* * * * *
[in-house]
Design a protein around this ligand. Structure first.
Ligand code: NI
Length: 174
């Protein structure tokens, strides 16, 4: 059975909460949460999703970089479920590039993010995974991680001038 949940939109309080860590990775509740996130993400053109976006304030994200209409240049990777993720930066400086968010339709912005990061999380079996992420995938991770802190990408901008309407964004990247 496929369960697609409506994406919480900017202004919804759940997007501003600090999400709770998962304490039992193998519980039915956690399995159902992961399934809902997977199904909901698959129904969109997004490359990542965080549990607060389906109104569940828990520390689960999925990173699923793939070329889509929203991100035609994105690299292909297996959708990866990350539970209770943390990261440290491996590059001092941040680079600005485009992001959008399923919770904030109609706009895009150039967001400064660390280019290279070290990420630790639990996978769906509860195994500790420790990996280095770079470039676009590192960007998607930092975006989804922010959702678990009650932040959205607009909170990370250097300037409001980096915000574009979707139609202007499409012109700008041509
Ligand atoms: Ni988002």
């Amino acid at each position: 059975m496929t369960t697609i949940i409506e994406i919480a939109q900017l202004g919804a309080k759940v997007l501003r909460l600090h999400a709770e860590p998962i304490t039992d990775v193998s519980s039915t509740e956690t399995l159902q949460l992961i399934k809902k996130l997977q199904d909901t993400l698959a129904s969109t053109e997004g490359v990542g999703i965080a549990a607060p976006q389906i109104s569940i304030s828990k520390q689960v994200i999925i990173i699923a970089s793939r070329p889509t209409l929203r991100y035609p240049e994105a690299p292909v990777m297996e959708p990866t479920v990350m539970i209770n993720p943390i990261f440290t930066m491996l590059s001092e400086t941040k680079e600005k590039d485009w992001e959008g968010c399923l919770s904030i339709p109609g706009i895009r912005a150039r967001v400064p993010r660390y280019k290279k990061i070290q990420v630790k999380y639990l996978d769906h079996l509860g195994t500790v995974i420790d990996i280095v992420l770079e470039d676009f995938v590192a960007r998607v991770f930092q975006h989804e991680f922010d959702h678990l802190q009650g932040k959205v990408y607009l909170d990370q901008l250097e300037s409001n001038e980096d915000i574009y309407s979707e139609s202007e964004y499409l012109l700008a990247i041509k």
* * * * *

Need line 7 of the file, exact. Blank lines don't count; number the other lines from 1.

């Amino acid at each position: 059975m496929t369960t697609i949940i409506e994406i919480a939109q900017l202004g919804a309080k759940v997007l501003r909460l600090h999400a709770e860590p998962i304490t039992d990775v193998s519980s039915t509740e956690t399995l159902q949460l992961i399934k809902k996130l997977q199904d909901t993400l698959a129904s969109t053109e997004g490359v990542g999703i965080a549990a607060p976006q389906i109104s569940i304030s828990k520390q689960v994200i999925i990173i699923a970089s793939r070329p889509t209409l929203r991100y035609p240049e994105a690299p292909v990777m297996e959708p990866t479920v990350m539970i209770n993720p943390i990261f440290t930066m491996l590059s001092e400086t941040k680079e600005k590039d485009w992001e959008g968010c399923l919770s904030i339709p109609g706009i895009r912005a150039r967001v400064p993010r660390y280019k290279k990061i070290q990420v630790k999380y639990l996978d769906h079996l509860g195994t500790v995974i420790d990996i280095v992420l770079e470039d676009f995938v590192a960007r998607v991770f930092q975006h989804e991680f922010d959702h678990l802190q009650g932040k959205v990408y607009l909170d990370q901008l250097e300037s409001n001038e980096d915000i574009y309407s979707e139609s202007e964004y499409l012109l700008a990247i041509k």